2003 Domaine Beaurenard "Cuvée Boisrenard" Châteauneuf-du-Pape

SKU #1072648 97 points Wine Spectator

 ** Collectibles and Top 100 Wines of 2006 ** Loaded with rich, dark layers of black currant, blackberry, truffle, tar, mocha and bittersweet cocoa, this pumps out both fruit and terroir on the gripping finish. Immense in scale and depth, this is hard to lay off now, but should be even more impressive when it drops its muscle to show more elegance (that will take a while, though). Best from 2008 through 2030.  (4/ 2006)

94 points Robert Parker's Wine Advocate

 The structured and backward, inky ruby/purple-colored 2003 Chateauneuf du Pape Boisrenard offers notes of chocolate, cocoa, smoke, creme de cassis and black cherry liqueur. Some licorice also makes it into the picture. The wine is full-bodied, layered, softer than previous vintages, with tremendous voluptuousness to the texture as well as an expansive, broad, persistent finish. Drink it over the next 10-12 years. (RP)  (2/ 2006)

94 points Stephen Tanzer's International Wine Cellar

 Deep, dark red color. Highly expressive, very ripe aromas of dark cherry, plum liqueur, black cardamom, bitter chocolate, espresso and exotic oak spices. An enormous, outsized wine, with broad, sweet dark fruit and mocha flavors accented by pepper and oak spice. Boasts a lush, even unctuous texture, but as rich and reflective of the vintage as this is, there is also wonderful focus and energy.  (1/ 2006)

93 points Wine Enthusiast

 Owned by the Coulon family since 1695, Boisrenard comes from parcels of vines from the Domaine de Beaurenard. The wine is dominated by ancient vines, which gives an intensity to this wine. It has great black, dark fruit flavors that match the tannins. Some new wood flavors give a polished edge to the wine. It is both powerful and elegant.  (12/ 2005)

90 points Wine & Spirits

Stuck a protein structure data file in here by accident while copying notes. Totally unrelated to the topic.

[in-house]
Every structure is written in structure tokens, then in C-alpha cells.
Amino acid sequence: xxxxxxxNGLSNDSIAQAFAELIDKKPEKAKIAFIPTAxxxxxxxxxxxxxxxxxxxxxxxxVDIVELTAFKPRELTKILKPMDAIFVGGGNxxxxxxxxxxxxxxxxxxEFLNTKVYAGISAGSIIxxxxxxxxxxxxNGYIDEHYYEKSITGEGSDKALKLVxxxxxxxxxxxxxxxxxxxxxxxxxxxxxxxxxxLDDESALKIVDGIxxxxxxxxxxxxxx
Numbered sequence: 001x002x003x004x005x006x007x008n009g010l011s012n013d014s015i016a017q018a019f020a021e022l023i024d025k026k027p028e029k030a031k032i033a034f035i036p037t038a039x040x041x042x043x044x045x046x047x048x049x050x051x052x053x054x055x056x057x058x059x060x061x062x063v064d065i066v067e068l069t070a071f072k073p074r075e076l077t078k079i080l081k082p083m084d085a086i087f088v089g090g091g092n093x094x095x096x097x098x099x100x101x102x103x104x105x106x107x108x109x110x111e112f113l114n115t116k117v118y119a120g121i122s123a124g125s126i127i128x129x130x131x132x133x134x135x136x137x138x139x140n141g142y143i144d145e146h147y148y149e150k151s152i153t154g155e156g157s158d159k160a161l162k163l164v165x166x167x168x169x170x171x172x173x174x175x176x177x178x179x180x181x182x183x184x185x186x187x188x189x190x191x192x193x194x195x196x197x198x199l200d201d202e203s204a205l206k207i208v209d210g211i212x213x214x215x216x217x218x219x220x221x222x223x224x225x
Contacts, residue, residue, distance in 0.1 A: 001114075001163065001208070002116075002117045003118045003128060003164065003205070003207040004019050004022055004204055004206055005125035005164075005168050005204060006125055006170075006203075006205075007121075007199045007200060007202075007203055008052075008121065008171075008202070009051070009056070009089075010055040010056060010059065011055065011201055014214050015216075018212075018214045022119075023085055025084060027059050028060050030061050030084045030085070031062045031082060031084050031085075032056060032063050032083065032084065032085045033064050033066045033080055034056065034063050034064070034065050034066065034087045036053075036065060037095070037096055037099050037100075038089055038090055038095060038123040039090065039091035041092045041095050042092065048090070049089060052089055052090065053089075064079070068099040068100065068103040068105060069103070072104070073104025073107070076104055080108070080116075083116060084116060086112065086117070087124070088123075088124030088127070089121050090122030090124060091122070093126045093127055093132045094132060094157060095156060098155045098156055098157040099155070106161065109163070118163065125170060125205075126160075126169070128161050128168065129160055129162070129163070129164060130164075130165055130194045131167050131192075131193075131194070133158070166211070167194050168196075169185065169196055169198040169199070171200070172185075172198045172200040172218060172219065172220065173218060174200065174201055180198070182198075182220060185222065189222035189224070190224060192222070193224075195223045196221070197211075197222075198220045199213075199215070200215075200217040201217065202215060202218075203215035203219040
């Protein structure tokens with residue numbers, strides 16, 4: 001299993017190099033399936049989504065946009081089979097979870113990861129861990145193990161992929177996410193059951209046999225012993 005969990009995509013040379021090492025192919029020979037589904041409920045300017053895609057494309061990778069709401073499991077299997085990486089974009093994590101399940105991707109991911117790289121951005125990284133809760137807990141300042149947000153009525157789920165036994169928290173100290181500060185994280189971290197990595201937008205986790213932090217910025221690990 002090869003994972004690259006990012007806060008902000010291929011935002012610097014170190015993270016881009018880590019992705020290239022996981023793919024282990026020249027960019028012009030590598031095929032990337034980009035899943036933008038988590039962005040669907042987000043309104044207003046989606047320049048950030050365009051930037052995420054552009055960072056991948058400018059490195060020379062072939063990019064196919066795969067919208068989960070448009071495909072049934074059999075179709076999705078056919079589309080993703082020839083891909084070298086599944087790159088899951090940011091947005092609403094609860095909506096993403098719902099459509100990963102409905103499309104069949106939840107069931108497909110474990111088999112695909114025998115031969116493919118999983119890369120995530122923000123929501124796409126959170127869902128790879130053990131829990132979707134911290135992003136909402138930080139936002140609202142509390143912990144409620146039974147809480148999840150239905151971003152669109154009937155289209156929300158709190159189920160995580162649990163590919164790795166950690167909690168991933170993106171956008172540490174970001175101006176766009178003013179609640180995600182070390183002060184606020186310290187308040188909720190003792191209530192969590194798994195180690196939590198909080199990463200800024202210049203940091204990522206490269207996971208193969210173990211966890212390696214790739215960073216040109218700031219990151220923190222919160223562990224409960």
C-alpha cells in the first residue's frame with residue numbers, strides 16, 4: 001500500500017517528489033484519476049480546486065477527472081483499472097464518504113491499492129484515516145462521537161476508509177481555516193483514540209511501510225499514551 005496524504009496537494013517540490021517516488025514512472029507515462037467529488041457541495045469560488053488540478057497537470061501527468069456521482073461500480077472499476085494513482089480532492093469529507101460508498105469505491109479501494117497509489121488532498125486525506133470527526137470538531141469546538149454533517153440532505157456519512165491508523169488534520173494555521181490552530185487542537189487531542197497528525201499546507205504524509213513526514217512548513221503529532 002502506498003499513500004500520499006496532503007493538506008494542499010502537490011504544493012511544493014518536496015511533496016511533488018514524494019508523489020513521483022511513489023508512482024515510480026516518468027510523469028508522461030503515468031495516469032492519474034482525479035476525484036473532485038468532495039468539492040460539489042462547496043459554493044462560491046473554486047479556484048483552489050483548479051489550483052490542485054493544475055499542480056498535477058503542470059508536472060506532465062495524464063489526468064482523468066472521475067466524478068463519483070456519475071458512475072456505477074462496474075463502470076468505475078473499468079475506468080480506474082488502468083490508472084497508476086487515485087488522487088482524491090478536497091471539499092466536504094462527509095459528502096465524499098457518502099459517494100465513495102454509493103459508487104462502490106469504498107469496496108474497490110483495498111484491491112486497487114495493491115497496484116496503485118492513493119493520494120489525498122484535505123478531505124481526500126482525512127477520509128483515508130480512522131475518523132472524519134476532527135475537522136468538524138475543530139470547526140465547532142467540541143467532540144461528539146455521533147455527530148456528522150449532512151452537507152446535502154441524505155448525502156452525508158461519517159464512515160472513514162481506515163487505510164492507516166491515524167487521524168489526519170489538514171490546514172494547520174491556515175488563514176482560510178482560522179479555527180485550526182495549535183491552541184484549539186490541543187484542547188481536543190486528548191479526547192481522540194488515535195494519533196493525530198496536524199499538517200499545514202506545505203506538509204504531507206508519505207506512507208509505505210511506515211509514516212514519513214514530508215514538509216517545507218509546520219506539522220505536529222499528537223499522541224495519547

Boisrenard is the prestige cuvée of Domaine de Beaurenard, made from 60- to 100-year-old vines. The 2003 is dense, dark and lavishly oaked. The chocolatey concentration is appealing in a modern style, but the oak tannins on the finish are slightly drying. It should acquire more harmony with time.  (2/ 2007)

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Varietal:

Grenache

- Fat, ripe and rich with ample fruit and vibrant acidity, wines made from Grenache are easy to love. While its origins are still under dispute - some suggest Spain, where it is called Garnacha, while others say it came first from Sardinia, where it is called Cannonau - it is inarguably one of the most planted varietals in the world. A hearty grape, Grenache does well in hot, dry regions and its sturdy stalk also makes it well-suited to withstand blustery conditions like the Provençal Mistral. It ripens at relatively high sugar levels, which translates to higher potential alcohol in the wines it produces. Grenache may be most famous in the Southern Rhône areas such as Châteauneuf-du-Pape and Gigondas where it has long been an important component of delicious blends. But it's also the source of the crisp rosés from Tavel, Lirac and Provence, and age-worthy vins doux naturels like Rivsaltes and Banyuls. Grenache is also found in large swaths of northeastern Spain, in Navarre, in Rioja, where it plays a supporting role in blends with Tempranillo, and in the distinctive wines of Priorat. The grape was once the most widely planted varietal in Australia, though Shiraz and Cabernet have overtaken it. In California, Grenache plantings have dwindled from their heyday in the San Joaquin Valley, but it is starting to see a resurgence, albeit in smaller plantings, where other Rhône varietals thrive.
Country:

France

- When it comes to wine, France stands alone. No other country can beat it in terms of quality and diversity. And while many of its Region, Bordeaux, Burgundy and Champagne most obviously, produce wine as rare, as sought-after and nearly as expensive as gold, there are just as many obscurities and values to be had from little known appellations throughout the country. To learn everything there is to know about French wine would take a lifetime. To understand and appreciate French wine, one only has to begin tasting them. Click for a list of bestselling items from all of France.
Sub-Region:

Rhone

- Legendary wine-producing region in southeast France. Stereotypically speaking, Rhone wines are high in alcohol, and the majority produced is red. The northern Rhone is best known for outstanding 100% Syrah wines from areas such as Cote Rotie and Hermitage, as well as for fabulous white wines from Condrieu (where Viognier is king). In the southern Rhone, look for spicy, full-bodied wines that are blends of Grenache, Syrah, and other varietals coming from appellations such as Chateauneuf du Pape, Gigondas, or Rasteau. Wines labeled as Cote du Rhone or Cotes du Rhone Village (a cut above generic Cotes du Rhone) are frequently found here in the US because they often represent some of the best values on the market. View our bestselling Rhone Valley wines.
Specific Appellation:

Chateauneuf du Pape